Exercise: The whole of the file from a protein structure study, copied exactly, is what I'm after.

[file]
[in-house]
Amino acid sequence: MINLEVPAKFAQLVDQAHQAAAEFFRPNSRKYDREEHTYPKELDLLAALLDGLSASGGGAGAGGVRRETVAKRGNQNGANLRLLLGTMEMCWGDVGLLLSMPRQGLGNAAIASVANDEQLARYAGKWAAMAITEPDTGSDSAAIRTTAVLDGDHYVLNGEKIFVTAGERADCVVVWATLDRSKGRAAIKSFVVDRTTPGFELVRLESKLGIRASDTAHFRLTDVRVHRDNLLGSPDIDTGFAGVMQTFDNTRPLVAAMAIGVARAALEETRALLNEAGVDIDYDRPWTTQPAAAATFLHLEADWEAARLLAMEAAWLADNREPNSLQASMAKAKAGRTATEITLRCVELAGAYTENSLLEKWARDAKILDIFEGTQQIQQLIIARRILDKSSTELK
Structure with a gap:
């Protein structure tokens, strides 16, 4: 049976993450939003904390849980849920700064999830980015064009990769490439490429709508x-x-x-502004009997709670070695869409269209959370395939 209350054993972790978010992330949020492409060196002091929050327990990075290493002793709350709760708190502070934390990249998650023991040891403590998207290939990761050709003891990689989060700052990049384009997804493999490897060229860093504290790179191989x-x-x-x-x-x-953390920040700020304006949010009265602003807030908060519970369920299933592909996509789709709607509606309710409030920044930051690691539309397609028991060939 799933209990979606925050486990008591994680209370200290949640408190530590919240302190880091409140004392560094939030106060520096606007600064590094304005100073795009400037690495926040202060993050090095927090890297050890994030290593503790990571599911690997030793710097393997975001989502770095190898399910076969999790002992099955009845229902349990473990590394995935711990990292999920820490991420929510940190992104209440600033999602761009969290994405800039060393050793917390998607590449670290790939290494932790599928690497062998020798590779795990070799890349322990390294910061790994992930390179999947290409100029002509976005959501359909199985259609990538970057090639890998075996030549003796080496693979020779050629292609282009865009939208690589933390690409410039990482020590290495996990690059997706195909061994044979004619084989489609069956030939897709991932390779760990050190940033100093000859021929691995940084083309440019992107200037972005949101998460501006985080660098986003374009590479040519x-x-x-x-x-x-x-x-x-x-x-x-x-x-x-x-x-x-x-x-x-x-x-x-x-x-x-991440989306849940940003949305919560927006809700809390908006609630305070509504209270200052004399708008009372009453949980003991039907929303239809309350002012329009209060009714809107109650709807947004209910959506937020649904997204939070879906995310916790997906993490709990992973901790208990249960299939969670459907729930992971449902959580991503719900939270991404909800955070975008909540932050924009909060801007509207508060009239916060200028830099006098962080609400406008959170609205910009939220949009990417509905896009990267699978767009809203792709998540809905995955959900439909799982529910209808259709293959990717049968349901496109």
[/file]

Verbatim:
[in-house]
Amino acid sequence: MINLEVPAKFAQLVDQAHQAAAEFFRPNSRKYDREEHTYPKELDLLAALLDGLSASGGGAGAGGVRRETVAKRGNQNGANLRLLLGTMEMCWGDVGLLLSMPRQGLGNAAIASVANDEQLARYAGKWAAMAITEPDTGSDSAAIRTTAVLDGDHYVLNGEKIFVTAGERADCVVVWATLDRSKGRAAIKSFVVDRTTPGFELVRLESKLGIRASDTAHFRLTDVRVHRDNLLGSPDIDTGFAGVMQTFDNTRPLVAAMAIGVARAALEETRALLNEAGVDIDYDRPWTTQPAAAATFLHLEADWEAARLLAMEAAWLADNREPNSLQASMAKAKAGRTATEITLRCVELAGAYTENSLLEKWARDAKILDIFEGTQQIQQLIIARRILDKSSTELK
Structure with a gap:
């Protein structure tokens, strides 16, 4: 049976993450939003904390849980849920700064999830980015064009990769490439490429709508x-x-x-502004009997709670070695869409269209959370395939 209350054993972790978010992330949020492409060196002091929050327990990075290493002793709350709760708190502070934390990249998650023991040891403590998207290939990761050709003891990689989060700052990049384009997804493999490897060229860093504290790179191989x-x-x-x-x-x-953390920040700020304006949010009265602003807030908060519970369920299933592909996509789709709607509606309710409030920044930051690691539309397609028991060939 799933209990979606925050486990008591994680209370200290949640408190530590919240302190880091409140004392560094939030106060520096606007600064590094304005100073795009400037690495926040202060993050090095927090890297050890994030290593503790990571599911690997030793710097393997975001989502770095190898399910076969999790002992099955009845229902349990473990590394995935711990990292999920820490991420929510940190992104209440600033999602761009969290994405800039060393050793917390998607590449670290790939290494932790599928690497062998020798590779795990070799890349322990390294910061790994992930390179999947290409100029002509976005959501359909199985259609990538970057090639890998075996030549003796080496693979020779050629292609282009865009939208690589933390690409410039990482020590290495996990690059997706195909061994044979004619084989489609069956030939897709991932390779760990050190940033100093000859021929691995940084083309440019992107200037972005949101998460501006985080660098986003374009590479040519x-x-x-x-x-x-x-x-x-x-x-x-x-x-x-x-x-x-x-x-x-x-x-x-x-x-x-991440989306849940940003949305919560927006809700809390908006609630305070509504209270200052004399708008009372009453949980003991039907929303239809309350002012329009209060009714809107109650709807947004209910959506937020649904997204939070879906995310916790997906993490709990992973901790208990249960299939969670459907729930992971449902959580991503719900939270991404909800955070975008909540932050924009909060801007509207508060009239916060200028830099006098962080609400406008959170609205910009939220949009990417509905896009990267699978767009809203792709998540809905995955959900439909799982529910209808259709293959990717049968349901496109």